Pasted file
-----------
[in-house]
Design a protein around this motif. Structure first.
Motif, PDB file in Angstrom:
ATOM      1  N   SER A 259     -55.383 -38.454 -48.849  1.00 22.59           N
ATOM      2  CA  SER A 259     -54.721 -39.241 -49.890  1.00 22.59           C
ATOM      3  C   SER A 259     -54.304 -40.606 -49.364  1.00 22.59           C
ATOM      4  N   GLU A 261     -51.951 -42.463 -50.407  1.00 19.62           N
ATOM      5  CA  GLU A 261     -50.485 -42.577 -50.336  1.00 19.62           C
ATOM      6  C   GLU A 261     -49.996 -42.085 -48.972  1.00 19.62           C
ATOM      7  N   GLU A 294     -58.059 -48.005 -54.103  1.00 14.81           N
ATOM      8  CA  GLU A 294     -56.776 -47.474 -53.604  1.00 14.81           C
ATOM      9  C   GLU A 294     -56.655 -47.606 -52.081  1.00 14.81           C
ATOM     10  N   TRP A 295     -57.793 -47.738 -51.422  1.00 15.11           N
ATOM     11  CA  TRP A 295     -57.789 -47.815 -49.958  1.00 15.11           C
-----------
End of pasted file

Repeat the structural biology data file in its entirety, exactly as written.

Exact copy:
[in-house]
Design a protein around this motif. Structure first.
Motif, PDB file in Angstrom:
ATOM      1  N   SER A 259     -55.383 -38.454 -48.849  1.00 22.59           N
ATOM      2  CA  SER A 259     -54.721 -39.241 -49.890  1.00 22.59           C
ATOM      3  C   SER A 259     -54.304 -40.606 -49.364  1.00 22.59           C
ATOM      4  N   GLU A 261     -51.951 -42.463 -50.407  1.00 19.62           N
ATOM      5  CA  GLU A 261     -50.485 -42.577 -50.336  1.00 19.62           C
ATOM      6  C   GLU A 261     -49.996 -42.085 -48.972  1.00 19.62           C
ATOM      7  N   GLU A 294     -58.059 -48.005 -54.103  1.00 14.81           N
ATOM      8  CA  GLU A 294     -56.776 -47.474 -53.604  1.00 14.81           C
ATOM      9  C   GLU A 294     -56.655 -47.606 -52.081  1.00 14.81           C
ATOM     10  N   TRP A 295     -57.793 -47.738 -51.422  1.00 15.11           N
ATOM     11  CA  TRP A 295     -57.789 -47.815 -49.958  1.00 15.11           C